Guy advocates embodying the processes and machinery of local government in one figure.  But the main argument against the DEM model is precisely its concentration of power in a single person. The assumption of the advocates of DEMs is there must be individual leadership rather than collective or team leadership.  The advantage of collective leadership is it enables exploration of policy from different perspectives. Colleagues can consider possible impacts of policy in a variety of contexts, spotting pitfalls ahead and the consequences for different people and groups in their areas. A single person is unlikely to represent the diverse complexities of large urban areas better than collegial leadership.

A further drawback of DEMs is they enhance bureaucracy over democracy. The DEM cannot cover all the functions of the local authority. They have to rely on personal aides – unaccountable cronies – or else power slips to full-time chief officials. With the leader-cabinet system elected councillors can cover specific sets of services and ensure a democratic contribution is made to policy-making. Settling disputes in cabinets and committees enables coordination of policy, which can be achieved better horizontally than vertically by one-person from above.  DEMs diminish the role of elected councils and relegate councillors to asking questions and scrutiny that have scant public impact. 

What if the city is lumbered with a bad mayor?

Guy recognises a major objection to DEMs is the lack of a power of recall. However, this deficit is built into the model the government is pushing - if a DEM turns out bad or ineffective during the four-year term,  there is no possibility for the removal of a DEM until the next election.  Many states in the USA and Germany and other countries have a power of recall leading to a new election, either through a petition from the people or a council vote of no-confidence with a special majority. Advocates of community empowerment should give councils the right to a vote of no-confidence and enable the people to petition to submit the DEM to a new election.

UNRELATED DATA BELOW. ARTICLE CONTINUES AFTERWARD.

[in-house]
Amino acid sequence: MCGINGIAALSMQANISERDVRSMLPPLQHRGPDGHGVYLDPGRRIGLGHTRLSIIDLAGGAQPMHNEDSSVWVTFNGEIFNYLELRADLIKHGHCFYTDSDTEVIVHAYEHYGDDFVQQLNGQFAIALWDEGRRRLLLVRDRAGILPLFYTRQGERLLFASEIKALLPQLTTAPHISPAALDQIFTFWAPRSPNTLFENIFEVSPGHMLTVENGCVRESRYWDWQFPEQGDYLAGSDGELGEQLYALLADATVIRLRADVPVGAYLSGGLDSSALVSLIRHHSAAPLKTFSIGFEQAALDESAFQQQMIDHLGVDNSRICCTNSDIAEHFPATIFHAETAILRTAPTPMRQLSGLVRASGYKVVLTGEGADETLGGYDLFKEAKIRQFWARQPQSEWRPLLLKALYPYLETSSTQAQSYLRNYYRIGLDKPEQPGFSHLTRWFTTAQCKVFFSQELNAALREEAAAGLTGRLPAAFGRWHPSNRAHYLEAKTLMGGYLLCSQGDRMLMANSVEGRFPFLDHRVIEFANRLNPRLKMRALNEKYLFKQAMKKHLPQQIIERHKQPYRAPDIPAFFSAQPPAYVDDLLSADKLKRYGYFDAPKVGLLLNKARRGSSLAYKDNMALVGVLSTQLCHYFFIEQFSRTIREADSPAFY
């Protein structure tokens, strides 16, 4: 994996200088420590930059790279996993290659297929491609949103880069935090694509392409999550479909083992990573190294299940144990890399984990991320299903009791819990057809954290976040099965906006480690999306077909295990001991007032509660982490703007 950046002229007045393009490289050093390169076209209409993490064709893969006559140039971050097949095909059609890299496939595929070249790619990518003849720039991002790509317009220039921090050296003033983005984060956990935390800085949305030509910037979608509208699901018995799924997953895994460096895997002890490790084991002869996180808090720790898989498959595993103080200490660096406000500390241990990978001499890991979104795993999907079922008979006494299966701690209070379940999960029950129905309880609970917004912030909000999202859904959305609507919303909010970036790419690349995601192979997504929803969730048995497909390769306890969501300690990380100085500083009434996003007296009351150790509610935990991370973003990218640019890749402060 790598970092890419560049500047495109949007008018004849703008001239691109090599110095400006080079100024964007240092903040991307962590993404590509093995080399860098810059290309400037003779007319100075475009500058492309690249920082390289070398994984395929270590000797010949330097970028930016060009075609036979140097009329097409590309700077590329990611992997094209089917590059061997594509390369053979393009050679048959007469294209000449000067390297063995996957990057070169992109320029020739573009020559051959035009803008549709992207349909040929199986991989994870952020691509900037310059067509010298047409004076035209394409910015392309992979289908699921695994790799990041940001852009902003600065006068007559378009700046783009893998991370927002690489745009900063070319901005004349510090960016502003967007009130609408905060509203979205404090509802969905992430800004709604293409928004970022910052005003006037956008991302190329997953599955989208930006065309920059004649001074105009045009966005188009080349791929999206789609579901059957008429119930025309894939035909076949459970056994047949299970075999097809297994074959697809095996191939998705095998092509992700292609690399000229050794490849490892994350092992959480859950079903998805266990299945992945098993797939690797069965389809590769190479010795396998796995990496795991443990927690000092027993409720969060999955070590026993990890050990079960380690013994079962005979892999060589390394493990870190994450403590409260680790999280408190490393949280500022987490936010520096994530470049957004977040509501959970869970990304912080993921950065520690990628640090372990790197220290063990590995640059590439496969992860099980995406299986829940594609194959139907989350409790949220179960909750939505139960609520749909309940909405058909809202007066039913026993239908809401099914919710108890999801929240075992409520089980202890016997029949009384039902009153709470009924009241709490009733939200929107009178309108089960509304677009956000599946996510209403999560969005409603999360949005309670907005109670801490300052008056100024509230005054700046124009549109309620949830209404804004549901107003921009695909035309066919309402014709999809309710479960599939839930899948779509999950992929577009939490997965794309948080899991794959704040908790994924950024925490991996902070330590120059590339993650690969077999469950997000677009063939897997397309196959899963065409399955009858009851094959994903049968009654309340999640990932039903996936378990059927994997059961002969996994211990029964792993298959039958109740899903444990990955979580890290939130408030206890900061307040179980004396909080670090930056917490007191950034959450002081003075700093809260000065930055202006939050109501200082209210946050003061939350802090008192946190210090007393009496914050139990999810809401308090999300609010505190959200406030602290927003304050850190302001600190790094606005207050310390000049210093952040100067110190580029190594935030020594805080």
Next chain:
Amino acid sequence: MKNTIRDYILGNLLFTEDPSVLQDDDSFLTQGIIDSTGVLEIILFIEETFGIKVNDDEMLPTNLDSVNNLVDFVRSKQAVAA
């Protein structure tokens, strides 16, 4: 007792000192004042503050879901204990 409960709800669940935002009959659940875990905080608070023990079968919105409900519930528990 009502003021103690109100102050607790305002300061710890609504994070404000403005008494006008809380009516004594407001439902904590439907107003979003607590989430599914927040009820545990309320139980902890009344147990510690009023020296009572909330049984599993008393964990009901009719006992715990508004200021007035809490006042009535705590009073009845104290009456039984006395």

The better way ahead

There are two main ways to break the suffocating centralism Guy so rightly deplores. The first is to reform central government.  Its dominant culture that the silo departments of Whitehall know best needs to be transformed into one that respects local choice by local government.  Here the current consultation, jointly sponsored by the Local Government Association and the House of Commons Political and Constitutional Reform select committee, about codifying the key principles of central-local-government relationships offers a practical step forward. The second essential change is reform of local taxation, which should not be treated as Guy’s “holy grail”.  The basic principle is that local authorities should become less dependent for their income on their fix of central- government grant and draw most of their revenues from their own voters with taxes and charges whose rates they determine. These two approaches would revitalise “England’s stale political culture” brought on by central governments’ reduction of local government’s powers and curbing its discretion.  The campaign for DEMs is a distraction from tackling the real defects in central-local government relationships.

George Jones is Emeritus Professor of Government, LSE, where he was Professor of Government, 1977-2003. He is the author of 'Borough Politics' (1969); with Bernard Donoughue, Herbert Morrison (1973 & 2001); with John Stewart, 'The Case for Local Government' (1983 & 1985); and with Andrew Blick, 'Premiership' (2010).